Likewise, a local solar installer will recirculate a majority of their revenues into the local community, benefiting the local employment scene, the local school districts, and the local taxation base. All positive factors that are of no particular interest to big brands.

As local solar contractors, we advocate for keeping the money local, dealing with local people, and keeping things simple.

4. Does your solar installer have any roofing expertise?

In most cases, solar panels are installed on the roof of your home. Some solar arrays are installed at ground level, but this is a much less common configuration.

If your solar panels are installed on your roof, the question is how strongly will be they anchored into your carpentry, and what will be the effects on your roof in 5, 10 and 15 years.

A solar installer with no strong roofing expertise will most often miss important indicators that a roof needs reinforcement or repairs before the structure of the solar installation is affixed to the decking and the carpentry.

When the solar installer doubles up as a roofer

On the contrary, a solar installer with a deep roofing experience is able to spot the weaknesses in the structure of your roof, your shingles, and also detect any possible leak. They won’t start the job before the necessary reinforcements and repairs are properly done. They will also ensure your roof is clear of any debris and dirt before starting the solar installation.

There is definitely more than one reason to prefer a solar installer with a strong roofing expertise. The Department of Energy advises homeowners to verify that the solar installer confirms your roof can support the solar array and remain in good condition (See: “Addressing roof conditions”, energy.gov: choosing the right solar installer).

When selecting your contractor, verify their roofing credentials and those of any subcontractors involved.

KC Energy Green and its parent company Kautz Construction have been doing roofing for almost 50 years. With thousands of roof installations and repairs, with and without solar systems, we can rightfully claim being experts in both businesses. You directly benefit from all our years of experience and research on the best installation and repair methods in the industry.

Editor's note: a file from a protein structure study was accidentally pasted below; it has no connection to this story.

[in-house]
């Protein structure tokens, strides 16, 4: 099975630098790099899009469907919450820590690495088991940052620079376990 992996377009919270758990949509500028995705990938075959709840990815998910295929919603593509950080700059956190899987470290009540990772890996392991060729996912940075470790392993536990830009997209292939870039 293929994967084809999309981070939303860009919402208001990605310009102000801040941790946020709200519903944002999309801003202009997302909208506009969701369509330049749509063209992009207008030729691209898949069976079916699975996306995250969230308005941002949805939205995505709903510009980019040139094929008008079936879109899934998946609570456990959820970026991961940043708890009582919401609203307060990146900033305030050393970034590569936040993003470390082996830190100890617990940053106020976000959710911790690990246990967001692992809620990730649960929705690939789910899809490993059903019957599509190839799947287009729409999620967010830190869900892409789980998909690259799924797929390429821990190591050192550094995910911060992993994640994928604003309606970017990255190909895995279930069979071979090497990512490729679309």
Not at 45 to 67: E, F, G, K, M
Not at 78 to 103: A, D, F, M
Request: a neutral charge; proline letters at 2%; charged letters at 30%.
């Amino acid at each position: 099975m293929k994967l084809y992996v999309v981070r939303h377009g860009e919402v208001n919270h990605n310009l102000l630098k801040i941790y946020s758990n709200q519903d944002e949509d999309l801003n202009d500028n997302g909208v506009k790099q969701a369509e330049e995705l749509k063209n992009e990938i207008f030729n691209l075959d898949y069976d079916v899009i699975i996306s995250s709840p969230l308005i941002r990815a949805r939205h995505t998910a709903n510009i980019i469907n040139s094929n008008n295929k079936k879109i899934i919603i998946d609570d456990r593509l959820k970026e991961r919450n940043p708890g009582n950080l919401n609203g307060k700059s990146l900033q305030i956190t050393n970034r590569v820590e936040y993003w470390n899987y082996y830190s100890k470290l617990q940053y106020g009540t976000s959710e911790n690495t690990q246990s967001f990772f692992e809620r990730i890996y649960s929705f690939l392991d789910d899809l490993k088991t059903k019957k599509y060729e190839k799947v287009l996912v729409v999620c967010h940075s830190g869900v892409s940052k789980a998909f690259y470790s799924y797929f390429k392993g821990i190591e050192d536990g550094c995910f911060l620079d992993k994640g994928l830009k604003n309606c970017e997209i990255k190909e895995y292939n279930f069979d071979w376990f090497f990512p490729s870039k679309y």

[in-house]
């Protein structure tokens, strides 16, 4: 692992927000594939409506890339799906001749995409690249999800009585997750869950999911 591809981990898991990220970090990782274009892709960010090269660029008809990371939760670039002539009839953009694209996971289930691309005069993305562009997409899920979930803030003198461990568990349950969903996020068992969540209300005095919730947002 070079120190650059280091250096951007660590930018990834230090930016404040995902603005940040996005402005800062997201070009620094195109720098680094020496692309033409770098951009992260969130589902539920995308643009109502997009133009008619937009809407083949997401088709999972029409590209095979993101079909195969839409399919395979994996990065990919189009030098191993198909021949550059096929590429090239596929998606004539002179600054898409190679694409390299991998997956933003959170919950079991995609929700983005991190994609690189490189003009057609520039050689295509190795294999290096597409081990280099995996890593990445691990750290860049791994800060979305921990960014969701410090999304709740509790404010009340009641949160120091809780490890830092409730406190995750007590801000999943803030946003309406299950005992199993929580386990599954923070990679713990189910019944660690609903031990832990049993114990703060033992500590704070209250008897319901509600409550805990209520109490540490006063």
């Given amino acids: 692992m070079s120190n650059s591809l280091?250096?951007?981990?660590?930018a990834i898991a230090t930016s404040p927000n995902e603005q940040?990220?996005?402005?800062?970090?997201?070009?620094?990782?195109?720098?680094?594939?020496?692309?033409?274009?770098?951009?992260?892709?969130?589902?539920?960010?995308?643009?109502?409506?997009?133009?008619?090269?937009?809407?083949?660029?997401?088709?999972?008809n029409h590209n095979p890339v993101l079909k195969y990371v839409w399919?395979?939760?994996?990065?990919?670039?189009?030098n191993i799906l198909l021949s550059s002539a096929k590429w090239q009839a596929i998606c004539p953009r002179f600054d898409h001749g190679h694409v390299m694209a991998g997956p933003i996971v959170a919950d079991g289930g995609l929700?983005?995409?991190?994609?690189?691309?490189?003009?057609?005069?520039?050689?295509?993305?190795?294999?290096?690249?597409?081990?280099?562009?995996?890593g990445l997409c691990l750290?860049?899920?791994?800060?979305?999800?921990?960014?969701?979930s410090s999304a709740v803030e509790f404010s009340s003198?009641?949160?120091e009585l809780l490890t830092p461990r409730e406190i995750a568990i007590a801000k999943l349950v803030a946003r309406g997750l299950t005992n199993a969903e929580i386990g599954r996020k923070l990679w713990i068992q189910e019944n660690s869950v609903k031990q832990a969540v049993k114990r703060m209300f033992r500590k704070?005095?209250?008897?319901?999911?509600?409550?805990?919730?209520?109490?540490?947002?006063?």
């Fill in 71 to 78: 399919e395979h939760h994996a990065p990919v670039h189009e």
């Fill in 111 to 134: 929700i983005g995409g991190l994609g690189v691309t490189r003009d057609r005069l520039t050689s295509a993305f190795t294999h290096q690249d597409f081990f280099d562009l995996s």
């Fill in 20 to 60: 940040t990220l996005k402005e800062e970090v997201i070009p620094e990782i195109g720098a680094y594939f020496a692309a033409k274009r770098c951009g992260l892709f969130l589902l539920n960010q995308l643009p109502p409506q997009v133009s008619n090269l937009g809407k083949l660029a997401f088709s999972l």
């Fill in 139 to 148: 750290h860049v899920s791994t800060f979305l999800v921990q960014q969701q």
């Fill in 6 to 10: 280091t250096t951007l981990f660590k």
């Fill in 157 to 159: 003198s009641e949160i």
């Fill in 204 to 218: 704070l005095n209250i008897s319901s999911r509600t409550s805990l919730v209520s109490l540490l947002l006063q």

5. Purchasing vs. leasing solar panels: do your research!

You need to understand the financial implications of purchasing (cash or through financing) versus leasing solar panels. Each option has benefits and drawbacks.

Purchasing your system results in greater long-term savings. It also makes homeowners eligible for tax credits. The leasing option lowers upfront costs but over time, you may not see the same financial benefits.

Large solar panel installation on 2 sides of roof, in the region of Harrisburg, PA - By KC Green Energy
Solar panel installation on both sides of the roof, in the region of Harrisburg, PA – By KC Green Energy

Leasing

Benefits:

  • Little to no upfront investment, making solar energy more accessible for lower-income families.
  • Maintenance and Repairs: The leasing company usually handles all maintenance and repairs. However, a properly installed system will require minimal, if any, maintenance.
  • Predictable Energy Costs: Lease agreements often include fixed monthly payments based on estimated energy production, but in the long run usually end up costing more to lease versus purchasing.

Drawbacks:

  • No Ownership: You don’t own your solar system, and are not eligible for federal tax credits, SRECs, or local incentives. Basically, you are giving away the financial benefits of solar.
  • Higher long-term costs: Over the lease term, the cumulative payments will exceed the cost of purchasing a system.
  • Transferability issues: If you want to sell your home and it has a leased solar system, your potential buyers must agree to take over the lease terms. This can make selling your home a project much more complicated.

Purchasing (Cash or Financing)

Benefits: